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Pirates

Blunderbuss, 18th century, Turkey, courtesy of the Israel Museum

Pirates: The Skull and Crossbones

 

This exhibition opened to the public on January 4, 2004

Curator: Avshalom Zemer

 

Ever since man began maritime trading, piracy - robbery at sea - has been a means of survival. Piracy is a world-wide phenomenon, and was first recorded in the Mediterranean at the end of the 2nd millennium BCE, and in the China Sea in the middle of the 1st millennium CE. However, the most notorious pirates plied the Atlantic Ocean, beginning with Sir Francis Drake of England, in the 16th century.

 

A pirate is one who robs and plunders at sea, an individual who will attack any vessel for his own personal gain. At different times and places, piracy has acquired different names, but all pirates seek riches and disregard the dangers involved in their acquisition. The privateer was an armed vessel, or the captain and his crew of such a vessel, who had received governmental licence - a "letter of marque" - to attack enemy shipping. Privateers sailed the Atlantic and Pacific Oceans and the Caribbean in the 13th-19th centuries. Similarly, the corsair was the privateer of the Mediterranean in the 14th-19th centuries. The pirates who plied the Caribbean and the shores of Central and South America in the 17th century were known as buccaneers, a term originating from the hunters of the Island of Hispaniola (today Haiti). The French term for buccaneer was filibuster.

 

Piracy increased against a background of internal unrest and war. After the empire of Alexander the Great had disintegrated at the end of the 4th century BCE, the Island of Rhodes played an important role in the hegemony of most of the Mediterranean trade routes, and the ruling powers had to make great efforts to subdue piracy. As the political importance of the island declined, in the 2nd century BCE, so pirate forays increased, and the Mediterranean pirates organized themselves into large bands with strongholds in Crete and Sicily.

 

The pirates of Cilicia (today the southern area of Turkey) were a threat to the supremacy of Rome in the Mediterranean, because the central trading route passed between Cilicia and Cyprus to Syria, Eretz Israel, and Egypt. When pirates attacked the grain ships bringing supplies to Rome, the latter went to war against them. However, since maritime trade continued, piracy was never completely eradicated.  As the boundaries of the Roman Empire expanded, the Mediterranean became its veritable "mare internum", allowing Rome to control piracy under the auspices of the "Pax Romana" for more than 200 years.

 

As the Roman Empire declined in the West, things changed in the Mediterranean Sea. The Byzantine powers waged war on piracy because the State's economy and profits derived from trading between Asia and Europe, especially maritime trading. After the Byzantine Empire had weakened, in the 9th century, Moslem pirates overran Cyprus, Crete, and Sicily, and also set up bases in southern Italy. Pirates also participated in the Holy Wars between Christians and Moslems. Piracy increased in the 13th century as the Byzantine Empire disintegrated, and anarchy reigned in the Mediterranean. Constantinople  was conquered by the Moslems in 1453, and became the capital of the Ottoman Empire. To secure supremacy at sea, the Ottoman Turks created a battle fleet in the 16th century, and set the finest corsairs in command of it, but this fleet also declined at the close of the 16th century, and piracy was rampant in the Mediterranean once more. At about the same time, pirate city-states were founded along the northern coast of Africa, and were also involved in slave-trading. These were known as the "Barbary States".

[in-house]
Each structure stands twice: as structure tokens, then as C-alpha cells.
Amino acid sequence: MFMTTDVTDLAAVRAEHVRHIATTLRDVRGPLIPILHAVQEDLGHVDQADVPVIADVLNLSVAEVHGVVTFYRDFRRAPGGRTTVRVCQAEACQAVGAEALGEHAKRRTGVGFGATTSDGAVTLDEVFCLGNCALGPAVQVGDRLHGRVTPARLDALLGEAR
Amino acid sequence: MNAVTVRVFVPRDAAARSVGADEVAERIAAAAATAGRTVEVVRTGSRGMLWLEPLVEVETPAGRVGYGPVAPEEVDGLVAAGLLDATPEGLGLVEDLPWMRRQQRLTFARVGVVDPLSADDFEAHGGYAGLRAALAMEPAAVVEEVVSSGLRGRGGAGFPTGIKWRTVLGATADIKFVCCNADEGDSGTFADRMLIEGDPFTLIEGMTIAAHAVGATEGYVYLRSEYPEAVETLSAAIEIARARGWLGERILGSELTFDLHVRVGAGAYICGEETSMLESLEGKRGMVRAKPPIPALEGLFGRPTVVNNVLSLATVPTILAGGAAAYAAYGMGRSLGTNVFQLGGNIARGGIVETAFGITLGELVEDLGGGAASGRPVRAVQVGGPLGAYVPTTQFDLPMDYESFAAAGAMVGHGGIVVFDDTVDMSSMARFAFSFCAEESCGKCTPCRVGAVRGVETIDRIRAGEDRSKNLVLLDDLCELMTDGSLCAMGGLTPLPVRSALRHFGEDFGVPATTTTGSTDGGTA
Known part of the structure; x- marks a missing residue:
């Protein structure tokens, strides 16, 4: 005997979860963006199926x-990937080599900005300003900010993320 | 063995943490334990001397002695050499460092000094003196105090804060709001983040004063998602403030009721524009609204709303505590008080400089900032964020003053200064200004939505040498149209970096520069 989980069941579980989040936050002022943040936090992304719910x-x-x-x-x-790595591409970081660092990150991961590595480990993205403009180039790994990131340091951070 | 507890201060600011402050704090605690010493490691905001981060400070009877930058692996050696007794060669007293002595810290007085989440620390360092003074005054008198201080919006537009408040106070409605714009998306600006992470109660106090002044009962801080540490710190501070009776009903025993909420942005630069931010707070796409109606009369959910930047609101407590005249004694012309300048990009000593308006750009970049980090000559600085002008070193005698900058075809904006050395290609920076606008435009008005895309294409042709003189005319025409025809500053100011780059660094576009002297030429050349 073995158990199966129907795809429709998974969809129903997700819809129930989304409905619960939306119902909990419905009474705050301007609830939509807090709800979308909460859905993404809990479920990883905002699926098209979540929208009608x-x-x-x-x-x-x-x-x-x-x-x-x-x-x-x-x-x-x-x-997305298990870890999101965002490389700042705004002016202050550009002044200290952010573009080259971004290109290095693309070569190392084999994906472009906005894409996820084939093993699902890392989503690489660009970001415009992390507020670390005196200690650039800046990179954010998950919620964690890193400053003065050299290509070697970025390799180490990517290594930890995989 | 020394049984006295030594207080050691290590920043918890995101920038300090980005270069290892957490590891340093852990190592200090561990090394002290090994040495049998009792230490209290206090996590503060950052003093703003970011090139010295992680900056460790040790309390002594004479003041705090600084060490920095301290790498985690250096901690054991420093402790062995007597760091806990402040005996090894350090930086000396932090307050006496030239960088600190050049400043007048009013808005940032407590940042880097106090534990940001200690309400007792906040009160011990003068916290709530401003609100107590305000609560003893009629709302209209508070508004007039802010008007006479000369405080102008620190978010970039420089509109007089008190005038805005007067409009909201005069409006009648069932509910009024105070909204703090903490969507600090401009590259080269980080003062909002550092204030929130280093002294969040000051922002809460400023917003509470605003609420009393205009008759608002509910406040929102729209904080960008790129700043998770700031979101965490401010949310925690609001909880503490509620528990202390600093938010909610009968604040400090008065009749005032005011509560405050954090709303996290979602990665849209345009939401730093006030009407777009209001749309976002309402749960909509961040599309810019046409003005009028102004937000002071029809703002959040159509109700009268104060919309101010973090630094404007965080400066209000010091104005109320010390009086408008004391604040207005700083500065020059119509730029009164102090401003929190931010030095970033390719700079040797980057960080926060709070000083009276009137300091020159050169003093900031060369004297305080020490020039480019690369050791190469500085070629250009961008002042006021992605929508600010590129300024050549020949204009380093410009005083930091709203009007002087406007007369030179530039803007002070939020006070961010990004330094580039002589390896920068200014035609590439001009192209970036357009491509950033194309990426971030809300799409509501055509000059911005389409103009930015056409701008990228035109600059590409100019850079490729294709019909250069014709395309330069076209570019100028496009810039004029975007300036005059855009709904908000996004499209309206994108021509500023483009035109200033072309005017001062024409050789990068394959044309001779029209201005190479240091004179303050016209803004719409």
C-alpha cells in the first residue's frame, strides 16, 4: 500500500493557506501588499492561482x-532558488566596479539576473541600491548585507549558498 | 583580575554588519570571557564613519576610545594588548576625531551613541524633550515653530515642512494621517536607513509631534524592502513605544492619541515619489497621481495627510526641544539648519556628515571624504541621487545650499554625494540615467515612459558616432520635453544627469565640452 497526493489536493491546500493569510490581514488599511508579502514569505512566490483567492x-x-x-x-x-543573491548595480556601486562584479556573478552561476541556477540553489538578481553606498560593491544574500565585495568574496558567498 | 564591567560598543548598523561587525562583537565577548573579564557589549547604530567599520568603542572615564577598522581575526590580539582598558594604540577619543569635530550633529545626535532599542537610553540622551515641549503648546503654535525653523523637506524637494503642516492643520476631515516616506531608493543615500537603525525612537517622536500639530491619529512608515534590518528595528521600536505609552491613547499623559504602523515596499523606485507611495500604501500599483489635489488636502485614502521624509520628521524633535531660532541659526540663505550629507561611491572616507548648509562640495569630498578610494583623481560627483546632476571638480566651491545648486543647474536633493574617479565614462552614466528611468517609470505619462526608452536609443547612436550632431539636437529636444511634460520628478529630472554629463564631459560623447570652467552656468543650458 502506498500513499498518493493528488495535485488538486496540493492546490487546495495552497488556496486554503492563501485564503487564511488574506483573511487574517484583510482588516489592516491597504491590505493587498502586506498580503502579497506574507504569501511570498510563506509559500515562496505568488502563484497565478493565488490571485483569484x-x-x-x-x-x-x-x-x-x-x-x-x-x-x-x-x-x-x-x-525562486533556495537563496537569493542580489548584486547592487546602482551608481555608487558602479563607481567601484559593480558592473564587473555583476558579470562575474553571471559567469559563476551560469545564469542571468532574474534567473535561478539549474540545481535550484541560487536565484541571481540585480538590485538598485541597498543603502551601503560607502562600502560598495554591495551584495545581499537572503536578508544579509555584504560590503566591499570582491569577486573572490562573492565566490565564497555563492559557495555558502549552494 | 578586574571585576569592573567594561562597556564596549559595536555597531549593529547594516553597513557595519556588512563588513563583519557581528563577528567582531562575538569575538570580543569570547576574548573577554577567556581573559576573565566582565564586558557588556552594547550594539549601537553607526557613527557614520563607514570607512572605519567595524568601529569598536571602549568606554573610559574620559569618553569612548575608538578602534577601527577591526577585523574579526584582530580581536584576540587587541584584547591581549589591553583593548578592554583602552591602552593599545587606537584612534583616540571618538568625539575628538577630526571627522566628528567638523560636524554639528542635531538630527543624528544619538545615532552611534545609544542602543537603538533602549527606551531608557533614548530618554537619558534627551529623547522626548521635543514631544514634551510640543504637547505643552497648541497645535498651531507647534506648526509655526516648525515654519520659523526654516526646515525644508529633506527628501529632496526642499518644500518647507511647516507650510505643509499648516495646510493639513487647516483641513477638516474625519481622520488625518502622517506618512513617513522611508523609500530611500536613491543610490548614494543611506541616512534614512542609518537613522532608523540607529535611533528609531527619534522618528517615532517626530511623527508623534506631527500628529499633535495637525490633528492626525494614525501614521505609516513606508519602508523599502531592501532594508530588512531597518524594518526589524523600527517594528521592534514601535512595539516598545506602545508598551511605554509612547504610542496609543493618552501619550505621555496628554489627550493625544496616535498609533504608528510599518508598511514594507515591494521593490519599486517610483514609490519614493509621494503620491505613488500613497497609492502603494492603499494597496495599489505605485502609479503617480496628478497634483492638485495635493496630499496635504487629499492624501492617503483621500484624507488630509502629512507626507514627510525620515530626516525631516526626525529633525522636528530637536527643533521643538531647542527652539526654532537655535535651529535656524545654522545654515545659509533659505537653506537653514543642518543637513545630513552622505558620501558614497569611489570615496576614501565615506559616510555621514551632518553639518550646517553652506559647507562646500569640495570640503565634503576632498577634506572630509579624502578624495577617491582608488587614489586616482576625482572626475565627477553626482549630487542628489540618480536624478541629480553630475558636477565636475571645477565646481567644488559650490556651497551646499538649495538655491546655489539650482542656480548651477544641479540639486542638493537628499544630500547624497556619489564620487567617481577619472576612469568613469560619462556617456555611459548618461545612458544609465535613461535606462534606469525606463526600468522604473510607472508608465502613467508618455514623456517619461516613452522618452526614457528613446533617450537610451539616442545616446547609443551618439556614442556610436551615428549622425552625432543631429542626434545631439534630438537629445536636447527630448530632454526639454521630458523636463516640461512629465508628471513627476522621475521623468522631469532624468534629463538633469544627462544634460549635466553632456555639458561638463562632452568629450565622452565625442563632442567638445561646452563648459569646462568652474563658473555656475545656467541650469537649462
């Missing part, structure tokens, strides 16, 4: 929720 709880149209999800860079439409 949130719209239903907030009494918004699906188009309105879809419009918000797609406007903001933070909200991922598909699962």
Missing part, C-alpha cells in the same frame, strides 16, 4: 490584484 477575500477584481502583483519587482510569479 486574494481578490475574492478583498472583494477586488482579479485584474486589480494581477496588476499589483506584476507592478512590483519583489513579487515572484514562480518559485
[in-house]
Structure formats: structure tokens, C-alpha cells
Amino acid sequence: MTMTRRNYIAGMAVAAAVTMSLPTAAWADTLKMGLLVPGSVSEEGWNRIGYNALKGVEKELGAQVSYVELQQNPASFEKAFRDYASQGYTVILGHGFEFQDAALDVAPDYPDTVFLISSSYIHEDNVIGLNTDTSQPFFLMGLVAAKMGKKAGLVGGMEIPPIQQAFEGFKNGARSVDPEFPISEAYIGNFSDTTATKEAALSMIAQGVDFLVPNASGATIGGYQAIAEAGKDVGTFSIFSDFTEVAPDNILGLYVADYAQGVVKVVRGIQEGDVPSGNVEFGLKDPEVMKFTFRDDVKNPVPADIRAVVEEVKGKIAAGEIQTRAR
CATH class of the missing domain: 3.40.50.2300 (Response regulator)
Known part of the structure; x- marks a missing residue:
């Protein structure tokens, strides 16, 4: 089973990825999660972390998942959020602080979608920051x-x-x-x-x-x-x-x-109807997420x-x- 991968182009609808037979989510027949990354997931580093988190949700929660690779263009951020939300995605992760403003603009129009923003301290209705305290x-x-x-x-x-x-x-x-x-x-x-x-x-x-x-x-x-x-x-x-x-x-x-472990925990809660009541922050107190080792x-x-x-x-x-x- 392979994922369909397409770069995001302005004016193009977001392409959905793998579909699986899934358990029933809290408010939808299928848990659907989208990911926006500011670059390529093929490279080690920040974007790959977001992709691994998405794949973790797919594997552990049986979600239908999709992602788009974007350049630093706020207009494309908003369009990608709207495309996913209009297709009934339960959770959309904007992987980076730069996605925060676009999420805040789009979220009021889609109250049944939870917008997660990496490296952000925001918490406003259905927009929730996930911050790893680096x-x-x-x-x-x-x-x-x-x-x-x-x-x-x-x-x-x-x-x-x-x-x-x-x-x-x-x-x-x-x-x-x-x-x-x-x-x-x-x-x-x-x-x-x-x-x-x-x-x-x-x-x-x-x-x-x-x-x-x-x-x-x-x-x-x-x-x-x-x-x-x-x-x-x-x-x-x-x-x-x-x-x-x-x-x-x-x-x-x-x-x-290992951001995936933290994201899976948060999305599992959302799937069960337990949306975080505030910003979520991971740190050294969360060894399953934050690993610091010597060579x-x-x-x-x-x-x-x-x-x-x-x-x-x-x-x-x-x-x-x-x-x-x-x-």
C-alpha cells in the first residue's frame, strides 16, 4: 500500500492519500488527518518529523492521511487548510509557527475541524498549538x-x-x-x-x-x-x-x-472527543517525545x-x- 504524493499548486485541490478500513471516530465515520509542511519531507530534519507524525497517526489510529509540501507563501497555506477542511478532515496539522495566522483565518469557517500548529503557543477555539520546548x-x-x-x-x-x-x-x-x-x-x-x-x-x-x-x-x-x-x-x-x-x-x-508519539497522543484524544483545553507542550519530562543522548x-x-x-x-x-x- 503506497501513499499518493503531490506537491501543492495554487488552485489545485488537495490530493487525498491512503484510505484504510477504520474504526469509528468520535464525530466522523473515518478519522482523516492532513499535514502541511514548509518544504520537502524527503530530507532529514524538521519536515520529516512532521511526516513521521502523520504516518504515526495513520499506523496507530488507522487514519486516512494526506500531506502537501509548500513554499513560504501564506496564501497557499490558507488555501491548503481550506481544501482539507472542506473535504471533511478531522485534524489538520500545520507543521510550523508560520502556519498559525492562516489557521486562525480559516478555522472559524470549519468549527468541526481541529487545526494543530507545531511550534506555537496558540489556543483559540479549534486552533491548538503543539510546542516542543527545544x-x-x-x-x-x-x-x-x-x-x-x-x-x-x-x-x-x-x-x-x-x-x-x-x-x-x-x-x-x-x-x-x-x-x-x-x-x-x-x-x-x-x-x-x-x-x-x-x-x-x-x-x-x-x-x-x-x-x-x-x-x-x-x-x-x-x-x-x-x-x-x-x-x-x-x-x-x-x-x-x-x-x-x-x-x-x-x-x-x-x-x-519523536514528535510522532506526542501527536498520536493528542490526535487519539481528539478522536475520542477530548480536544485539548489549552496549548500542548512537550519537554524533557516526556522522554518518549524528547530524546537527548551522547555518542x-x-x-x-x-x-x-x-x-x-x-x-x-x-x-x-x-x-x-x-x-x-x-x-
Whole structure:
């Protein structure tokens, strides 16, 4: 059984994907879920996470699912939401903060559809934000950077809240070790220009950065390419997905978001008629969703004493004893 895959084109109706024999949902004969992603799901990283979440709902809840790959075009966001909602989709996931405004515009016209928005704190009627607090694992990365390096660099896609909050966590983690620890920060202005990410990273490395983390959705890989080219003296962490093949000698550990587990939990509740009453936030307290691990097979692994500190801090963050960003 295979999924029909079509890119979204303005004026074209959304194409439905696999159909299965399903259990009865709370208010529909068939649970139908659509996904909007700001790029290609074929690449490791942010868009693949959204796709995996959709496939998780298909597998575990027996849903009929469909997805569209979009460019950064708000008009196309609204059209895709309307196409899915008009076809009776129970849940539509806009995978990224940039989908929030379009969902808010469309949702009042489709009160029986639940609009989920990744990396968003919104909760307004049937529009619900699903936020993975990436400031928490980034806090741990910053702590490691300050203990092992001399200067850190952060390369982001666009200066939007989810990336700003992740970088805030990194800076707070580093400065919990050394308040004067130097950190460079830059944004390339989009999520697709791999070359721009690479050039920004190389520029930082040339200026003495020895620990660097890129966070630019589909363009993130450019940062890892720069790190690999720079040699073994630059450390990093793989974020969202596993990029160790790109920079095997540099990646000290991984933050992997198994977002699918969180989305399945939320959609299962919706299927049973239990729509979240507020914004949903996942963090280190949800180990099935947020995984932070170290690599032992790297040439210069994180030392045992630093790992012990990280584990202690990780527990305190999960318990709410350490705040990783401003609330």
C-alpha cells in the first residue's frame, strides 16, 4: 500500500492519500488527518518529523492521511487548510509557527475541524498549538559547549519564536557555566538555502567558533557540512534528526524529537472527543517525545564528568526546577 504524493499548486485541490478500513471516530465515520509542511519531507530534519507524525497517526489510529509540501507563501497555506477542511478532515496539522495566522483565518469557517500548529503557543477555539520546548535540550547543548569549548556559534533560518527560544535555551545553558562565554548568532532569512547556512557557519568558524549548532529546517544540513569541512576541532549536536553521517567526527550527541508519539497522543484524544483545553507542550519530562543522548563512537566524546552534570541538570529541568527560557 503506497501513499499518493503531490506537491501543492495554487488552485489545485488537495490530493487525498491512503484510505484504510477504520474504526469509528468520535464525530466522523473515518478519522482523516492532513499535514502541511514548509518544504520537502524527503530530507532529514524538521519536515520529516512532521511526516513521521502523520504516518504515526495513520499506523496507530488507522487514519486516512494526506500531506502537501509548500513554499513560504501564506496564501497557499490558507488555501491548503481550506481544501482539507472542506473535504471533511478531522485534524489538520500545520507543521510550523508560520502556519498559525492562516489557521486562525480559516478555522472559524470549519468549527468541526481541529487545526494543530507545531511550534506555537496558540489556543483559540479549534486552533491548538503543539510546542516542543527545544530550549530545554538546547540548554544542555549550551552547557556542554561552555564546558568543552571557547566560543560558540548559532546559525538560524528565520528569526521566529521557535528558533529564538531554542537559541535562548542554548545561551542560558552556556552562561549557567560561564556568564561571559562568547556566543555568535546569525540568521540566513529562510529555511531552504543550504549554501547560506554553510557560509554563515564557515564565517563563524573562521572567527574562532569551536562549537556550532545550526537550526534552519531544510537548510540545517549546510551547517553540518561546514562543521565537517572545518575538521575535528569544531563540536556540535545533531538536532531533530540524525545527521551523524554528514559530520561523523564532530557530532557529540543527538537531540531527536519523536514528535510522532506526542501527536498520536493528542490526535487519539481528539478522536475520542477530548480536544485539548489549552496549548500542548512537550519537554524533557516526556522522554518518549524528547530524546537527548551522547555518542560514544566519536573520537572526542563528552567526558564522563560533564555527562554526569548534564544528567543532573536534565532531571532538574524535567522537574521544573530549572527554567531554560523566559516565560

Piracy flourished in the 16th and 17th centuries in the Atlantic. The discovery and settlement of America gave rise to new trade routes in the Caribbean, at that time governed by Spain. The Spanish ships carrying treasure from the New World were the obvious targets of the pirates. In the 17th century, when piracy was at its peak, new pirate bases arose in the Caribbean - on Tortuga Island and at Port Royal in Jamaica.

 

From the Caribbean, full-scale piracy moved to the maritime routes around Africa to the Far East, and the pirates set up their bases in Madagascar, the island strategically located on these routes.

 

In the Far East, piracy had already been in existence for more than 2000 years, along the shores of China, in the South China Sea and in the Straits of Malacca, where merchant shipping sailed the maritime routes between India and China. Here, at the beginning of the 17th century, piracy flourished, reaching its highest level during the first half of the 19th century.

 

By the end of the Second World War, and with the internationalization of the maritime routes, piracy had virtually disappeared. Newly developed technologies for shipping, and the official illegality of piracy were responsible for this, though we are seeing its resurgence in some regions at the onset of the 3rd millennium.

 

The image of the pirate is a mixture of fact and fiction. The literature and the cinema are the sources of many of the myths - such as the secret maps of buried treasure. In actual fact, the pirates' existence was anything but glorious, and they wasted most of their substance on gambling, women, and drink. Many of them came to an untimely end. 

Exhibition catalogue

 
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